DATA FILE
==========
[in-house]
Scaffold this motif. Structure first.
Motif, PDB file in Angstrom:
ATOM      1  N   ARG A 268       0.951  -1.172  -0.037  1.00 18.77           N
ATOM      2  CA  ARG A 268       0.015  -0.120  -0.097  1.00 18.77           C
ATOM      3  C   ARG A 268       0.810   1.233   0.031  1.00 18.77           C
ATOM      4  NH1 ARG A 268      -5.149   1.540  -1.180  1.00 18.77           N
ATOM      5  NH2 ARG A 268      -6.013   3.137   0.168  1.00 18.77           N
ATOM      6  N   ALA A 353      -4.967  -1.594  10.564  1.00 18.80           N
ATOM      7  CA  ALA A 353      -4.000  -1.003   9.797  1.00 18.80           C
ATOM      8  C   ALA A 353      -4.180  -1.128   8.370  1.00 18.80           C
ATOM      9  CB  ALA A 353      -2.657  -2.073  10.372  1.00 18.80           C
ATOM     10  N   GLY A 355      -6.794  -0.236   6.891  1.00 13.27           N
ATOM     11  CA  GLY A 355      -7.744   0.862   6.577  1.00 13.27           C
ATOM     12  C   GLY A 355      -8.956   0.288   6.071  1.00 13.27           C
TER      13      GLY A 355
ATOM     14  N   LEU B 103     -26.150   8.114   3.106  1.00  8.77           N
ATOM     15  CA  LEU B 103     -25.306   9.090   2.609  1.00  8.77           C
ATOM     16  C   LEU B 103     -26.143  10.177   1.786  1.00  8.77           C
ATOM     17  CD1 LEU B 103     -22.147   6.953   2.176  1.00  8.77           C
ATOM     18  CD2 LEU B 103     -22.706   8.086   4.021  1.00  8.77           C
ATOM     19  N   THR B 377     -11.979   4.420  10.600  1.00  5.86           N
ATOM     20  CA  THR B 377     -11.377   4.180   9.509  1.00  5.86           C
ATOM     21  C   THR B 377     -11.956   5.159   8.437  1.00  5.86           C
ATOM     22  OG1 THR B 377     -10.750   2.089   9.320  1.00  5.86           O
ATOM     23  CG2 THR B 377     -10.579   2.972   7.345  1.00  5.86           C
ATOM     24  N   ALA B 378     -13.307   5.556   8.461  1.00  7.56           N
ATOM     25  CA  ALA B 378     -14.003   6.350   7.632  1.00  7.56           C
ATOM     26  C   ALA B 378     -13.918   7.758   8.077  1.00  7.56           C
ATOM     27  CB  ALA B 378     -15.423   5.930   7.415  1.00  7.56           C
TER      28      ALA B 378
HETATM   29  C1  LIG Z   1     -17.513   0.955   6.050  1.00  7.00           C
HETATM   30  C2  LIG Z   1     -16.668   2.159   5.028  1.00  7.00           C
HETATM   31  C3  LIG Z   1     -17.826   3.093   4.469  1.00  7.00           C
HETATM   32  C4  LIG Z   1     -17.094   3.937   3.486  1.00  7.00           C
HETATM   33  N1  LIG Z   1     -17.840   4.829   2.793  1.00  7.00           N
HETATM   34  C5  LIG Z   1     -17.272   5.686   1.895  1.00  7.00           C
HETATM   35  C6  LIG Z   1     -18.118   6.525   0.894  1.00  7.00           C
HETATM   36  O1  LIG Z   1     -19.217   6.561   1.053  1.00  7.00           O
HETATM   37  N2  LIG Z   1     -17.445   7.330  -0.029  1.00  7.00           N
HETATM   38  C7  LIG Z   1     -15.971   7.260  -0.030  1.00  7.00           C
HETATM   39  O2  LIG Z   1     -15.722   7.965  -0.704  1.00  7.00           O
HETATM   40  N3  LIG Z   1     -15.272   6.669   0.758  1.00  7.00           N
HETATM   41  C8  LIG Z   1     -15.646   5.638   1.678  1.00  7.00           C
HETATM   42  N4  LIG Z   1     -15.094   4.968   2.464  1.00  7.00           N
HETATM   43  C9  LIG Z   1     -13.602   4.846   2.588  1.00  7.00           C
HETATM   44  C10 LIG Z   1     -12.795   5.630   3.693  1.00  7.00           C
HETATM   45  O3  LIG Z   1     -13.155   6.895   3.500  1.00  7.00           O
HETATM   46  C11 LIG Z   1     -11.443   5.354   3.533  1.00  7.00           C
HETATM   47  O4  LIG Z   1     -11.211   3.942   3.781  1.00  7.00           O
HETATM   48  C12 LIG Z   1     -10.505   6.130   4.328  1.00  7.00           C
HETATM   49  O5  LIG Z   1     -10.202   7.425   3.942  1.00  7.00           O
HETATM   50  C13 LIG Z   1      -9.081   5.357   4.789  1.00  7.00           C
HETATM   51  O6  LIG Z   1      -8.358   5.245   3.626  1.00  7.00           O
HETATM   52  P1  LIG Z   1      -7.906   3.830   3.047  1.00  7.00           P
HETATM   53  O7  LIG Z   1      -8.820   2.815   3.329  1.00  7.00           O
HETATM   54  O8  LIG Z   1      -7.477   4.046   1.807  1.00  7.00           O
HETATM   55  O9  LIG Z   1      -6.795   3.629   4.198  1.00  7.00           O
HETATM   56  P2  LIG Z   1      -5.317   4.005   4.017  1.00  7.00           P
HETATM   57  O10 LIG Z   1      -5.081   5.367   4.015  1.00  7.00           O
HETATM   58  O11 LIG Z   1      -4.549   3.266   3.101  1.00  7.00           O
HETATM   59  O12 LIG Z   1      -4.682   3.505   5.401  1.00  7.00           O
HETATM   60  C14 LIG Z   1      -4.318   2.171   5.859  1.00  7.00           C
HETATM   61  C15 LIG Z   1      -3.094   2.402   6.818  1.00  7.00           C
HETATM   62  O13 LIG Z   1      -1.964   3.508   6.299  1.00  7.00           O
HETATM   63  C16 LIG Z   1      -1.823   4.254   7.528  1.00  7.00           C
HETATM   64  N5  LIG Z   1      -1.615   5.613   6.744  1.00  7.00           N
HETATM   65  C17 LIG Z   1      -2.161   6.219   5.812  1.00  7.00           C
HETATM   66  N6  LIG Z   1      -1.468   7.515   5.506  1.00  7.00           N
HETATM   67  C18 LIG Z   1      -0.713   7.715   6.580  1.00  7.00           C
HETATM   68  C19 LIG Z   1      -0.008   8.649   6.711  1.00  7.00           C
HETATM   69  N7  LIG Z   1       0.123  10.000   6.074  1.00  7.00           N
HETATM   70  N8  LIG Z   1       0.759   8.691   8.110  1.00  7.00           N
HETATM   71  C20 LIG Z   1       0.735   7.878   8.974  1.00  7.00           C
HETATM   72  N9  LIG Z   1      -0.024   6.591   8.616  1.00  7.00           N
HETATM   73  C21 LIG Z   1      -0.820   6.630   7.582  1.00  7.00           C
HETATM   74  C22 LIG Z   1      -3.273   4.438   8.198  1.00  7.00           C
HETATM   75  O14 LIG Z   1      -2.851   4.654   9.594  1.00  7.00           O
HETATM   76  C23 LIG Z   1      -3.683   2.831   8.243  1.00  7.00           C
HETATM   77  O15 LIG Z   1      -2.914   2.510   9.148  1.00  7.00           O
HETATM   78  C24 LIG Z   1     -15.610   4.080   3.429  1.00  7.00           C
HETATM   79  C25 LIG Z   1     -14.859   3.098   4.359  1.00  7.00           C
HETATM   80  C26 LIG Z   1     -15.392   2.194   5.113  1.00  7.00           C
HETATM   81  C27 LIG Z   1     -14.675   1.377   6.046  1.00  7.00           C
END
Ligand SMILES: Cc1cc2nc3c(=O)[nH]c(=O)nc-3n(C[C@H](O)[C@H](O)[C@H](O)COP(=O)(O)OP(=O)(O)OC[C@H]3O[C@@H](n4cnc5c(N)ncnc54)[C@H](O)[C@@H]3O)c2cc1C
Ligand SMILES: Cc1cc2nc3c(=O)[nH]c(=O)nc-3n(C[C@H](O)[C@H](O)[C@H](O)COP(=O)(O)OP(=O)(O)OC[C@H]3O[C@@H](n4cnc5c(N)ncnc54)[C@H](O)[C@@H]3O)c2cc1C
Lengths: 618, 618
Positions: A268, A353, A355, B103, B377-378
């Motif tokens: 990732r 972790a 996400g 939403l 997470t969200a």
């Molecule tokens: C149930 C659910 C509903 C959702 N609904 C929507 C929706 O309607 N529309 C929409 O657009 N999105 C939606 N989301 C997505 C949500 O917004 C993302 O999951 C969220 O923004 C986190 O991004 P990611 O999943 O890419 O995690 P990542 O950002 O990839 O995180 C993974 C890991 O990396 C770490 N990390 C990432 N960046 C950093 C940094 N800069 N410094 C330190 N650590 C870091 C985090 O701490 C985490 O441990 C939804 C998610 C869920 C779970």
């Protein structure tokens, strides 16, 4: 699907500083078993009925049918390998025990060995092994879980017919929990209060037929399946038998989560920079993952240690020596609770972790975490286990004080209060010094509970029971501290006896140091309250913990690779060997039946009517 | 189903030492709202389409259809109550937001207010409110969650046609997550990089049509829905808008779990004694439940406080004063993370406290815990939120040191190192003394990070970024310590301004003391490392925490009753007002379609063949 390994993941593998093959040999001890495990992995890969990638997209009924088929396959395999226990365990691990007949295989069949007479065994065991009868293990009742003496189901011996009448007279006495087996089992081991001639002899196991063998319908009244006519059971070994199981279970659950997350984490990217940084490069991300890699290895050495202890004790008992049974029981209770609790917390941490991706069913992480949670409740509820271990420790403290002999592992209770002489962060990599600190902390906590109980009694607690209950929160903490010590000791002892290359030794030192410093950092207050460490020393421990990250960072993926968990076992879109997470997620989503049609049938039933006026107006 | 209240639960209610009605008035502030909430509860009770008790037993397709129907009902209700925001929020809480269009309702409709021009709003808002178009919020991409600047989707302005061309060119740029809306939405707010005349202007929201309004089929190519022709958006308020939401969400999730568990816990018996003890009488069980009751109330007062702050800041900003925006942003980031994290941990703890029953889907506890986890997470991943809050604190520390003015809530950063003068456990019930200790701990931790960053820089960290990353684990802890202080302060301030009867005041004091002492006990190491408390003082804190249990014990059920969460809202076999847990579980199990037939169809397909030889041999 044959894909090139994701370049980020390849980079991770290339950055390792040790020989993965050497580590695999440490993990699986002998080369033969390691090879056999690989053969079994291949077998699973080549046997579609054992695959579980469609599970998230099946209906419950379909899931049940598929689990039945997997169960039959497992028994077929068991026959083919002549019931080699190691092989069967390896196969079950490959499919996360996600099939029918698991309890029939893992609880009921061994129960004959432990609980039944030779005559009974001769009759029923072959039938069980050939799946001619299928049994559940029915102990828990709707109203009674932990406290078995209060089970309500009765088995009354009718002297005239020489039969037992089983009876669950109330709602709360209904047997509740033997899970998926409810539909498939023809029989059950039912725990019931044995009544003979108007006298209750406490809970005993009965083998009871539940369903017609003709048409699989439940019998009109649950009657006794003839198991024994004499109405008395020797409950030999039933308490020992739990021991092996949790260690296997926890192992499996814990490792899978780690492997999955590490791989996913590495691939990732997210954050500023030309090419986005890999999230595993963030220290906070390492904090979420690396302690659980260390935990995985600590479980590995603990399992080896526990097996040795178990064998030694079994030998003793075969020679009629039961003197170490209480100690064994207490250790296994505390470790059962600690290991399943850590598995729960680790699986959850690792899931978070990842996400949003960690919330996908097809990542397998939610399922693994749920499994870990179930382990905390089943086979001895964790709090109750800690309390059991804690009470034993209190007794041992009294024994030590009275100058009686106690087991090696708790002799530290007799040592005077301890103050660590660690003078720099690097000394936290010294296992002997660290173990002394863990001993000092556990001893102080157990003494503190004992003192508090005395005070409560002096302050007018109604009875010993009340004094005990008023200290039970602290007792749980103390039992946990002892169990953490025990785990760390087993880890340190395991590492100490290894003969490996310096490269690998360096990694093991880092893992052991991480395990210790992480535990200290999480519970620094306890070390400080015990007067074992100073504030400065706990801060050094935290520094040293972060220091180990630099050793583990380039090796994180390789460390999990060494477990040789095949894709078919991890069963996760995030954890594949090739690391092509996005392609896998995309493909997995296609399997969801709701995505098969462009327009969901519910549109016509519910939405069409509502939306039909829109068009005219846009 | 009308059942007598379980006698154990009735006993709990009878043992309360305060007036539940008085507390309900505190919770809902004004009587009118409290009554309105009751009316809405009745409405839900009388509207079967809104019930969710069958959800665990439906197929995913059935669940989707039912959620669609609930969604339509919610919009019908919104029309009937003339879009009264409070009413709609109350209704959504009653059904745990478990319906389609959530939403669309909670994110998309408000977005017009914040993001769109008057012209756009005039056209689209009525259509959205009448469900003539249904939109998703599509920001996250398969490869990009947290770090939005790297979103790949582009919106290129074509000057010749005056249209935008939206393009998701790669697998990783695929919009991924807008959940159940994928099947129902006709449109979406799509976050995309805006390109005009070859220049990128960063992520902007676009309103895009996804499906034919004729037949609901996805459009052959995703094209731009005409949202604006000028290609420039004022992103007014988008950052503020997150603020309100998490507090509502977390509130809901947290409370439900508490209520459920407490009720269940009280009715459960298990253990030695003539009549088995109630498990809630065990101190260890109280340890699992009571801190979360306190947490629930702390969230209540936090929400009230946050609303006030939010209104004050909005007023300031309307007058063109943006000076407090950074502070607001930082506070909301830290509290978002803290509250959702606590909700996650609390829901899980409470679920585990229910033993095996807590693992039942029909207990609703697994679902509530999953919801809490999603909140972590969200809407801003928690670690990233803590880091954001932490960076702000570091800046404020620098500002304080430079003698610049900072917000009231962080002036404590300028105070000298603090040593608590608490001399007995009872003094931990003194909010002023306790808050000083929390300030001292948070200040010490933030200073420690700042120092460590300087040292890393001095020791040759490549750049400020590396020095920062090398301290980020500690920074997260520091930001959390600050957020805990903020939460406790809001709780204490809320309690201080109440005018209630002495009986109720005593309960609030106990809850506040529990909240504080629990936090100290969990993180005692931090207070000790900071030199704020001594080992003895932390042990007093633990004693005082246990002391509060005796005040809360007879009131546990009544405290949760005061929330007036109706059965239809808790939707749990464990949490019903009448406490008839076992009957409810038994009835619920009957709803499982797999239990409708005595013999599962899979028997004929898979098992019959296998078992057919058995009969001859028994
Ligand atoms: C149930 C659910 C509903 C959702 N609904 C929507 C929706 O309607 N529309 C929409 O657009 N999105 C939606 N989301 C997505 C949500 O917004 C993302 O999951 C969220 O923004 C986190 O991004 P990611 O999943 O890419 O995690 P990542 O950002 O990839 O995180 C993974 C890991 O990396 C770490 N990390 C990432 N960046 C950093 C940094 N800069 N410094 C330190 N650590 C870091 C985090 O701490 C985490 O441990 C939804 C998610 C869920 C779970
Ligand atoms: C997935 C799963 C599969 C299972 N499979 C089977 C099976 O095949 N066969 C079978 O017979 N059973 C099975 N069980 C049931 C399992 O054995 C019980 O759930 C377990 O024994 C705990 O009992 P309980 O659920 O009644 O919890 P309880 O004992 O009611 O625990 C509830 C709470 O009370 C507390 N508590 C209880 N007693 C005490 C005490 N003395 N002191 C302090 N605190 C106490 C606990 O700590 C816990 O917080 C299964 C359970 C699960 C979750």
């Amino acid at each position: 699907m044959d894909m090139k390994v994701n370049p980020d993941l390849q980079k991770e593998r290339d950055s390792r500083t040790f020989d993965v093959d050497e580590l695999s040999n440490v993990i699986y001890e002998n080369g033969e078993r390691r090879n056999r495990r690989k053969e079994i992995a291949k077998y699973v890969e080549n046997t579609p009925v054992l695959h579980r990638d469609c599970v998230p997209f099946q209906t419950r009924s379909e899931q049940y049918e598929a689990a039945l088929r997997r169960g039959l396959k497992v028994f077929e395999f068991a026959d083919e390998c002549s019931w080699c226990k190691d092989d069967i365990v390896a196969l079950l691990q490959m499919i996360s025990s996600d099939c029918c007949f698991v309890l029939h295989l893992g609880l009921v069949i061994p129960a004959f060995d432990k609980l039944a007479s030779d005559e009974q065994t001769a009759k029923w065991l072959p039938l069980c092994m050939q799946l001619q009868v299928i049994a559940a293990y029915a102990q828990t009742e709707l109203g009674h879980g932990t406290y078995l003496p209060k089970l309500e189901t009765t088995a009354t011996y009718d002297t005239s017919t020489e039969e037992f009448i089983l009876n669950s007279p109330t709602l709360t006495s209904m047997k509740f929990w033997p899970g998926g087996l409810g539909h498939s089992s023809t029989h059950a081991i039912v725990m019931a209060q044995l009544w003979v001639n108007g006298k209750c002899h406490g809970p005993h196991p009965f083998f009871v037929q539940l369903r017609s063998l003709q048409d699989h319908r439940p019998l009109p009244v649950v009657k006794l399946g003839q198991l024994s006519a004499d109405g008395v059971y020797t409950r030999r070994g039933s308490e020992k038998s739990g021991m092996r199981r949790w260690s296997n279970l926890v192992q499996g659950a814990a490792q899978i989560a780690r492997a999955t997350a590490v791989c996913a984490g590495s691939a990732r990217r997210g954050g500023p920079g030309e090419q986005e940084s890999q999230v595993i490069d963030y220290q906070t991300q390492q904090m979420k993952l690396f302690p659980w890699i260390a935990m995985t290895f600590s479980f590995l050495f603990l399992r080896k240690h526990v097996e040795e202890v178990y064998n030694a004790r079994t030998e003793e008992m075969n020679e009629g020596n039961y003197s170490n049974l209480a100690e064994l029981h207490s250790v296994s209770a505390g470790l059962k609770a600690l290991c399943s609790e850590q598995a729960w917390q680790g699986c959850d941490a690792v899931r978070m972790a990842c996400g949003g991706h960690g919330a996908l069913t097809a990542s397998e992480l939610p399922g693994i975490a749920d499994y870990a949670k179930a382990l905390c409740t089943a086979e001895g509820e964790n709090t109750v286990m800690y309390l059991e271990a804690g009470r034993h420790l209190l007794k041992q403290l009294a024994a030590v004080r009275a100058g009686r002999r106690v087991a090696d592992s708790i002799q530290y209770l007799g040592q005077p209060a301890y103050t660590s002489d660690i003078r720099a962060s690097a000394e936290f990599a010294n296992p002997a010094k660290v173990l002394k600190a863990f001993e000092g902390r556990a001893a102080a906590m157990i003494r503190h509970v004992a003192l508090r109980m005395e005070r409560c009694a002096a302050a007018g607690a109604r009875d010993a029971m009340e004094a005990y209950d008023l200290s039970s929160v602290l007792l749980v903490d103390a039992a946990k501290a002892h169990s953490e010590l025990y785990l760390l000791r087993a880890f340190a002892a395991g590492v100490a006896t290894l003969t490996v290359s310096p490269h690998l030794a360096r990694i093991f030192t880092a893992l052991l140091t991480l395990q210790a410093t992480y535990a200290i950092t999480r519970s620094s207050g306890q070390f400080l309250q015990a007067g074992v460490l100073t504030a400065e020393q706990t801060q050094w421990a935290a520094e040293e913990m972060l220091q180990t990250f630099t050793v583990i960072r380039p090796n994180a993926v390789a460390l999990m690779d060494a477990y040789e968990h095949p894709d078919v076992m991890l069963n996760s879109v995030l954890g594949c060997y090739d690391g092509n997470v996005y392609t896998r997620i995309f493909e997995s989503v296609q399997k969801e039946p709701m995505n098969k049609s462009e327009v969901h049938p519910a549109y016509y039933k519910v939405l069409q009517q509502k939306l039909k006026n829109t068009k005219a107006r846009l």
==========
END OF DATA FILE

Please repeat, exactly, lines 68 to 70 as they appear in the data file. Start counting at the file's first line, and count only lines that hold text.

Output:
HETATM   65  C17 LIG Z   1      -2.161   6.219   5.812  1.00  7.00           C
HETATM   66  N6  LIG Z   1      -1.468   7.515   5.506  1.00  7.00           N
HETATM   67  C18 LIG Z   1      -0.713   7.715   6.580  1.00  7.00           C